If you use the Speedtest app on your iPhone, press and hold on the Go button. After a while… …something happens.

Fading into twilight

I see it’s “update all the Apple devices” night.

One thing I’ve learnt about myself in recent years is that things like Apple Watch straps and GoPro sleeves (like this one) make me disproportionately happy compared to their cost - as long as the material and colour are right.

Very happy with this one.

Social media fatigue — and its rememdy

This is from a post by a former colleague. It resonates deeply with me:

I’m so freaking tired of social media. Everything is terrible and I feel like every time I log on, I’m either being sold something or told how to feel about something (always terrible). I deeply love social media, I need the friendships I’ve built there, but right now it’s all terrible.

I have been bouncing around the point where, if I didn’t need to be on social media for my work, I’d have quit by now. But, instead, I’m slowly making it work for me again.

I’m quite happy that yesterday I was able to construct something on an issue that’s important to me that went low-key viral on Facebook. Not huge numbers by any objective scale - but a significant proportion of the target audience.

Nice to know that I’ve still got it, and that I can use it for good.

The screen time "problem"

We’re told that too much screen time hurts our kids. Where’s the evidence?:

However, in a world witnessing ecological destruction, political polarisation and growing social divides, should fears about technology really occupy the limited space in the forefront of our minds? Concerns about smartphones might fade away in the coming decade, just as anxieties about video arcades, Dungeons & Dragons and Elvis’s hips did in previous generations.

I remember the D&D panic, as a gamer in the 80s. It seems ludicrous now, doesn’t it?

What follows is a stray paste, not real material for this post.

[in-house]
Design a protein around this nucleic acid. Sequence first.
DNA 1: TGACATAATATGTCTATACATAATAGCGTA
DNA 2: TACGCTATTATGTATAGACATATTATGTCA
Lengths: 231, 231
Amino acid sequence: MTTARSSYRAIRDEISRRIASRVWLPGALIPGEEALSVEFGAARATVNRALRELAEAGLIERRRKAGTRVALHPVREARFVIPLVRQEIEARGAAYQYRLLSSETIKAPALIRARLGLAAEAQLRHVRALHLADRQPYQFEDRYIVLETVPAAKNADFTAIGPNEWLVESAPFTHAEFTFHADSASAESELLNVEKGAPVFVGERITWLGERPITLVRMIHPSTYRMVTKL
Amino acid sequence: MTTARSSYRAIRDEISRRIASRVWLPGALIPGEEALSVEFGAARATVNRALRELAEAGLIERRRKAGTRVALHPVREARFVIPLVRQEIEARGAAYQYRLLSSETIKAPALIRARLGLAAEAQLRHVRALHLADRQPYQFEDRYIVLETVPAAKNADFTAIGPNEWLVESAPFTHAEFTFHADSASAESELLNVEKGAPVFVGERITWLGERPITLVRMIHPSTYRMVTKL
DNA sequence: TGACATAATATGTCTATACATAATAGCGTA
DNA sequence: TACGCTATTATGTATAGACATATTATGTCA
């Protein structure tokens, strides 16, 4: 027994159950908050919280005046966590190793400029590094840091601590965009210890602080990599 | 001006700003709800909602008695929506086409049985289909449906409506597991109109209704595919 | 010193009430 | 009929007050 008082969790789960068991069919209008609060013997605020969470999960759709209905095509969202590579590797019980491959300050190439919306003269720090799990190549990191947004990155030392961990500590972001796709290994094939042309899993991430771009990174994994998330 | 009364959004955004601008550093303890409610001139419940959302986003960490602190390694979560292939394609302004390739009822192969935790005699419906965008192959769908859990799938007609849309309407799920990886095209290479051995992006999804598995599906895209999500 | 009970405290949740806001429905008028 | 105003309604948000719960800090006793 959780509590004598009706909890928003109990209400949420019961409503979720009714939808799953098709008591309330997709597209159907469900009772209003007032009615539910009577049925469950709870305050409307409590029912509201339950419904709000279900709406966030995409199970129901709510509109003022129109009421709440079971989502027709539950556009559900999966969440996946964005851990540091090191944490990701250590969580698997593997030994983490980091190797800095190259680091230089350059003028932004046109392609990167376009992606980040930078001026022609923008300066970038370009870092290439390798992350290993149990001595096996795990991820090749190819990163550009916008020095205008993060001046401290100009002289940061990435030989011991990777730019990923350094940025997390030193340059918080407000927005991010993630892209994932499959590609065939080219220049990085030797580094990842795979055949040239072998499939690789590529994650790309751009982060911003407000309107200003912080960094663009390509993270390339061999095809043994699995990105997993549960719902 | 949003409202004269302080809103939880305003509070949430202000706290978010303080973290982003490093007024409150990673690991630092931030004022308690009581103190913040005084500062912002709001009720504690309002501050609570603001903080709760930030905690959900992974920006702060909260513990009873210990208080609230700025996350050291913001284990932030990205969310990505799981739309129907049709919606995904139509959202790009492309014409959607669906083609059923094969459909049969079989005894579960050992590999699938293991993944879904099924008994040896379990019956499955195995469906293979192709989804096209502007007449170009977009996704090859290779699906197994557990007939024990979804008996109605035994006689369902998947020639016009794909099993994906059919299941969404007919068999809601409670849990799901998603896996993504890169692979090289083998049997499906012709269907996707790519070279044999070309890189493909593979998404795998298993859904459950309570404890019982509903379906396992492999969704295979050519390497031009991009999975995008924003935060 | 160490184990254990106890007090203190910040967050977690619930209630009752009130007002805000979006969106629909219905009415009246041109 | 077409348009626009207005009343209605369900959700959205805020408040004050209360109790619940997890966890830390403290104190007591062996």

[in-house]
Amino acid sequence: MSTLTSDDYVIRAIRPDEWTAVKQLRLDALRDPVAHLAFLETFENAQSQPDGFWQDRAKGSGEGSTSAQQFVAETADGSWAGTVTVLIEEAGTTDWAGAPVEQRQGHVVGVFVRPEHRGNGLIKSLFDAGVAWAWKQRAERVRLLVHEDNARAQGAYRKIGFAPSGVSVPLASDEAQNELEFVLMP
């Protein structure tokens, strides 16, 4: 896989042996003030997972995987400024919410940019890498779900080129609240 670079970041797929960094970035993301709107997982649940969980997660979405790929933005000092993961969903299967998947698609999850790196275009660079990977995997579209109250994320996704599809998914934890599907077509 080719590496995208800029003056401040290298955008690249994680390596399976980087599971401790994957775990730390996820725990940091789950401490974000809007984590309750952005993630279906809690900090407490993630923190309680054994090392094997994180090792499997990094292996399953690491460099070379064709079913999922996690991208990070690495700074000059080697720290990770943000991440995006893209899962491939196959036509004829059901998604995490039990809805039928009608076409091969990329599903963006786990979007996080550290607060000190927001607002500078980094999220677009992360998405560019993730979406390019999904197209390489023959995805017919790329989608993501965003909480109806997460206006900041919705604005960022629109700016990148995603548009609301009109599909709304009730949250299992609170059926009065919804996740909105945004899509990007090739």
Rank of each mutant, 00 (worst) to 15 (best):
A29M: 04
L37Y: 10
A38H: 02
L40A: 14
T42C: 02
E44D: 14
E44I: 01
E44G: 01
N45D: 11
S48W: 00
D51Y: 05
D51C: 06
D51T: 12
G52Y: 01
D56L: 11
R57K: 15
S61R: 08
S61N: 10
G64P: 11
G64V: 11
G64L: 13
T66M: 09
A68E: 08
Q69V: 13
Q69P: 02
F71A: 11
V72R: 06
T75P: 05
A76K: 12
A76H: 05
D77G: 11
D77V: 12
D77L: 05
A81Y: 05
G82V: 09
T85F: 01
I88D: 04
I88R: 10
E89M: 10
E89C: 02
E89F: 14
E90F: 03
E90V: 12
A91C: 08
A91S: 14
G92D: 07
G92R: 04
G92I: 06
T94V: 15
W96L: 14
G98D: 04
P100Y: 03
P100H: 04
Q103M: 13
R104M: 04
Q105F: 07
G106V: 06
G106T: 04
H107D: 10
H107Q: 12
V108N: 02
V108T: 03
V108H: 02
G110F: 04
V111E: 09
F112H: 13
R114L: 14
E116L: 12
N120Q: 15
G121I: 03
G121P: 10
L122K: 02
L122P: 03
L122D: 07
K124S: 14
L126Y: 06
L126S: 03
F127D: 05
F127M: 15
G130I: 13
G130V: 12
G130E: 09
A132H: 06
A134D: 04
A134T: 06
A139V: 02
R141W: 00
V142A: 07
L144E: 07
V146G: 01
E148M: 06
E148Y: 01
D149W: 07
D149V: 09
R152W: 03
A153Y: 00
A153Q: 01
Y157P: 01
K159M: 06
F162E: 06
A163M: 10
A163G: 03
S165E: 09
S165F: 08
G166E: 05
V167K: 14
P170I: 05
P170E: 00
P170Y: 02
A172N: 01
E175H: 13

The whole “screen time” idea is as meaningless as “paper time”. What you are doing with that screen time is the issue, not the existence of the time itself.

The underlying price of digital-only friendship

To Understand Facebook, Study Capgras Syndrome:

This withering of primate familiarity in the face of technology prompts us to mistake an acquaintance for a friend, just because the two of you have a Snapchat streak for the last umpteen days, or because you both like all the same Facebook pages. It allows us to become intimate with people whose familiarity then proves false. After all, we can now fall in love with people online whose hair we have never smelled.

Remembering the weird internet that was

A couple of great quotes from a piece by Owen Williams on Medium (shudder):

But when we lose the weird internet, we don’t just lose a space where people could tinker and make things for themselves. We seem to have lost the curiosity that inspired that weirdness in the first place.

And this:

The internet made it possible to build something out of thin air without millions of dollars in funding. It’s important we don’t forget that, because it’s the best way to learn and evolve.

I think this photo pretty much sums up my life.

Practicing the art of productive procrastination, by tidying up my Ulysses app.